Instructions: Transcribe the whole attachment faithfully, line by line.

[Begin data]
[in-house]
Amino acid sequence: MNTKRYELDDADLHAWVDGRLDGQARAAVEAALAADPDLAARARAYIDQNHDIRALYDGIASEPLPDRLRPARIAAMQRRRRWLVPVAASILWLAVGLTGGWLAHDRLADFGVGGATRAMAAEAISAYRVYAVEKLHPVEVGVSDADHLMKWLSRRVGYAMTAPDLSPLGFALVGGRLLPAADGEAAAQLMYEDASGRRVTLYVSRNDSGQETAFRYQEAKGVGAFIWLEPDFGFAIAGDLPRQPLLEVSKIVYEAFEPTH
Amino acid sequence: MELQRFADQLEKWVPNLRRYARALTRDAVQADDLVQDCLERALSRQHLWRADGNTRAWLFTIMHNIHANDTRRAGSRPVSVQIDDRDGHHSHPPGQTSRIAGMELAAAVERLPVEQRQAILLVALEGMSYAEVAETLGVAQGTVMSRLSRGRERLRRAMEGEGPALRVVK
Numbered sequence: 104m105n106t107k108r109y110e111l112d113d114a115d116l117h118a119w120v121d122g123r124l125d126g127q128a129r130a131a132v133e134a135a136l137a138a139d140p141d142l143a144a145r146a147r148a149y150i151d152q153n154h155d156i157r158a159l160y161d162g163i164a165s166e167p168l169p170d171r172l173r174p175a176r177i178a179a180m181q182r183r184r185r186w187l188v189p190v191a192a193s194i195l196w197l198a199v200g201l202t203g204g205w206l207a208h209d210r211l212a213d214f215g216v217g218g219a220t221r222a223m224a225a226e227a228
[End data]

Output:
[in-house]
Amino acid sequence: MNTKRYELDDADLHAWVDGRLDGQARAAVEAALAADPDLAARARAYIDQNHDIRALYDGIASEPLPDRLRPARIAAMQRRRRWLVPVAASILWLAVGLTGGWLAHDRLADFGVGGATRAMAAEAISAYRVYAVEKLHPVEVGVSDADHLMKWLSRRVGYAMTAPDLSPLGFALVGGRLLPAADGEAAAQLMYEDASGRRVTLYVSRNDSGQETAFRYQEAKGVGAFIWLEPDFGFAIAGDLPRQPLLEVSKIVYEAFEPTH
Amino acid sequence: MELQRFADQLEKWVPNLRRYARALTRDAVQADDLVQDCLERALSRQHLWRADGNTRAWLFTIMHNIHANDTRRAGSRPVSVQIDDRDGHHSHPPGQTSRIAGMELAAAVERLPVEQRQAILLVALEGMSYAEVAETLGVAQGTVMSRLSRGRERLRRAMEGEGPALRVVK
Numbered sequence: 104m105n106t107k108r109y110e111l112d113d114a115d116l117h118a119w120v121d122g123r124l125d126g127q128a129r130a131a132v133e134a135a136l137a138a139d140p141d142l143a144a145r146a147r148a149y150i151d152q153n154h155d156i157r158a159l160y161d162g163i164a165s166e167p168l169p170d171r172l173r174p175a176r177i178a179a180m181q182r183r184r185r186w187l188v189p190v191a192a193s194i195l196w197l198a199v200g201l202t203g204g205w206l207a208h209d210r211l212a213d214f215g216v217g218g219a220t221r222a223m224a225a226e227a228